The Best Panzanella
Last September, I went on a glorious sun (and wine) drenched honeymoon in Italy. We traveled through Rome, Capri, Amalfi Coast, Tuscany, and Florence, catching the last of the summer season produce, which in Italy means tomatoes! Flavorful little plum shaped tomatoes were served cut in half, totally naked, at breakfast. Tomatoes and onions on olive oil drenched canned tuna… OMG how can tuna be so good?? Tomatoes in pastas, on pizzas, and tossed with bread in the best panzanella salad.
We fell head over heels in love with Italian olive oils, which are as varied, nuanced, and regional as red wine. There’s no greater gift from nature than a flavorful olive oil with a juicy, sun-ripened tomato, and a little salt to draw out the tomato juices. There’s also no bigger tragedy than a winter grocery store tomato, that 2 liter bottle of flavorless olive oil you’ve been keeping in your cupboard for 2 years, and iodized table salt. If you want to offend me, have these things at your house. With tomatoes, it’s absolutely critical to use the best tomatoes grown and harvested at its seasonal peak. I’m super excited for summer to arrive so I can drag my husband to the farmer’s market and make him smell every tomato “in the butt”, and pick the most flavorful, “tomatoey” smelling ones. If it smells like nothing, it will taste like nothing.
Every Saturday in the summer, we bring home bags of tomatoes in all shapes, colors and sizes, and I use it for two dishes all summer long. One is a simple tomato burrata salad. Slice tomatoes, top with burrata, drizzle with flavorful olive oil, and season with a bit of crunchy sea salt. The second is the best panzanella salad, a Tuscan concoction of stale bread, tomatoes, onions and basil, tossed with olive oil and vinegar. No dish is more symbolic of Italy’s cucina povera, or peasant cooking, than this dish. Evolving through necessity, these humble dishes use past-their-prime ingredients, with whatever other ingredients are available on hand.
Many recipes online add cucumbers and other vegetables, but to me, the best panzanella salad just has tomatoes with a bit of red onion, and fresh basil. With amazing ingredients, you really don’t need too many things.
For the best panzanella, use slightly overripe soft tomatoes (you can sometimes find these on discount at farmer’s markets), which release the most tomato flavor and juice. Use a mix of heirloom tomatoes for juiciness and mixed cherry tomatoes for sweetness. Avoid grocery store tomatoes at all costs, because the resulting dish will taste like garbage.
Some panzanella recipes use stale bread soaked in water, which I find appalling, even if it’s authentic. Instead, choose a fresh loaf of rustic, crusty, “real” bread with a nice chew. For the best panzanella, I like bread that’s substantial but not overly dense or flavorful (i.e. not a sourdough or focaccia). Stay AWAY from subway style bread!!! It will get soggy and fall apart.
The hard part about making the best panzanella is picking out the best quality ingredients. The rest couldn’t be easier! This is a very forgiving recipe, so there’s no need to measure ingredients exactly. It’s perfect on its own, or served with a simple grilled meat or fish. I promise once you try this panzanella recipe, you will be raving about tomatoes and olive oil like a lunatic too!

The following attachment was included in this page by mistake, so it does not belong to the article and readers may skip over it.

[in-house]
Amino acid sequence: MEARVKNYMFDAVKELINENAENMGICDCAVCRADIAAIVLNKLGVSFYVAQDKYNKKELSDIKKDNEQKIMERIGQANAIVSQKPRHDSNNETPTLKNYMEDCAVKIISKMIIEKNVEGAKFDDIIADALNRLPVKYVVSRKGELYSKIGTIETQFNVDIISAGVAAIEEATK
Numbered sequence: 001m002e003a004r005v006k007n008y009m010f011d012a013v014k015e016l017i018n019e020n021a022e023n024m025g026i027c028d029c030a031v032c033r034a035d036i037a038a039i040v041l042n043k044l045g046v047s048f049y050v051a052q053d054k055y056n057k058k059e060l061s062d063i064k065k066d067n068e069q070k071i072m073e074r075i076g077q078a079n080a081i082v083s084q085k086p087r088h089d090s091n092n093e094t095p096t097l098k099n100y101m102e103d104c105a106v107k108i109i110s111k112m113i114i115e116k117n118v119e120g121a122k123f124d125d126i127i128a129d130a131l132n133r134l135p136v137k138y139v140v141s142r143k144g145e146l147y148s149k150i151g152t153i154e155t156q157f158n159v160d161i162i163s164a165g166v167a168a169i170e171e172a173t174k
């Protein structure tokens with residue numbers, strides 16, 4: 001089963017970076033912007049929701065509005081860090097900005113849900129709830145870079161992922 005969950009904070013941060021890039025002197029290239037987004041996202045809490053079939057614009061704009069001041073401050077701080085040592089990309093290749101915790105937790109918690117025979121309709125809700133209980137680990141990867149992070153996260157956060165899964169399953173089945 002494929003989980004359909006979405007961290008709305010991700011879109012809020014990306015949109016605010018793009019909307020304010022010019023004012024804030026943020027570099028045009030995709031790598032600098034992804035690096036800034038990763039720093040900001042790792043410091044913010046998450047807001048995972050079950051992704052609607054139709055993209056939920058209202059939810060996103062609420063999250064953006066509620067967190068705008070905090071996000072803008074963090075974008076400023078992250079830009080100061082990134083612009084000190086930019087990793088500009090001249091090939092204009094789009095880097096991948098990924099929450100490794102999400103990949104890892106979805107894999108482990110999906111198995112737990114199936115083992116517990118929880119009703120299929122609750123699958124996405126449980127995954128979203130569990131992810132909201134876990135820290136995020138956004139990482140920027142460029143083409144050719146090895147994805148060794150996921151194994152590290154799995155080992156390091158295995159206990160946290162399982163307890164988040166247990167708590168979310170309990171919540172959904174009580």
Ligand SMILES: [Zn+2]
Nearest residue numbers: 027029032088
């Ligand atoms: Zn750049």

Serves 2-3 | 30 minutes
- 2 large handfuls of very ripe mixed tomatoes, cut into large, bite-sized pieces (~1 pound)
- 2 1″ slices of rustic Italian bread, cut into 1 inch cubes (~3-4 cups)
- 2 tablespoons finely chopped red onion
- Small handful of basil leaves, torn
- Extra-virgin olive oil
- Red wine vinegar
- Kosher salt & freshly ground black pepper
- For the best panzanella, use a mix of heirloom tomatoes (for juiciness) & mixed cherry tomatoes (for sweetness). Pick slightly overripe tomatoes, because you need the juice to come out of the tomatoes. Avoid grocery store tomatoes at all costs.
- Choose a rustic, crusty, “real” bread with a nice chew (stay AWAY from subway style bread!!! It will get soggy and fall apart). I like bread that’s not overly dense or flavorful for this purpose (e.g. not a sourdough or focaccia). In the Bay Area, I use the Italian bread from Acme bakeries, which you can pick up at Whole Foods.
- Since this recipe is so simple, a flavorful olive oil will really enhance the flavor of the tomatoes. Grocery stores now offer olive oils labelled as “pungent” or “spicy”, pick one and try it out!
- Preheat oven to 350°F.
- Cut tomatoes, add to a medium sized bowl, and season liberally with kosher salt, tossing to coat. The mixture should tasty just a bit too salty, and this is fine because you will add the bread later. Set aside at room temperature for 20-30 minutes, to let the salt draw the juices out of the tomatoes. There should be quite a lot of juice in the bowl. After 15 minutes, add the chopped onion and a splash of red wine vinegar (start with a teaspoon and add more until you’re happy with the acidity).
- While tomatoes are marinating, toss bread cubes with roughly 2 tablespoons olive oil, just enough to lightly coat the bread. Bake bread until crisp and firm but not browned, about 15 minutes. Remove from oven and let cool.
- Add toasted bread and basil to the tomatoes. Toss everything to coat, and season with salt and pepper to taste. Let rest for 10 minutes before serving, tossing occasionally until dressing is absorbed by the bread. Don’t let it sit too long before serving, because the bread will get soggy. The perfect texture is when the bread is still crunchy in places but has also absorbed all the intense tomato juice flavor. Drizzle generously with good olive oil to serve.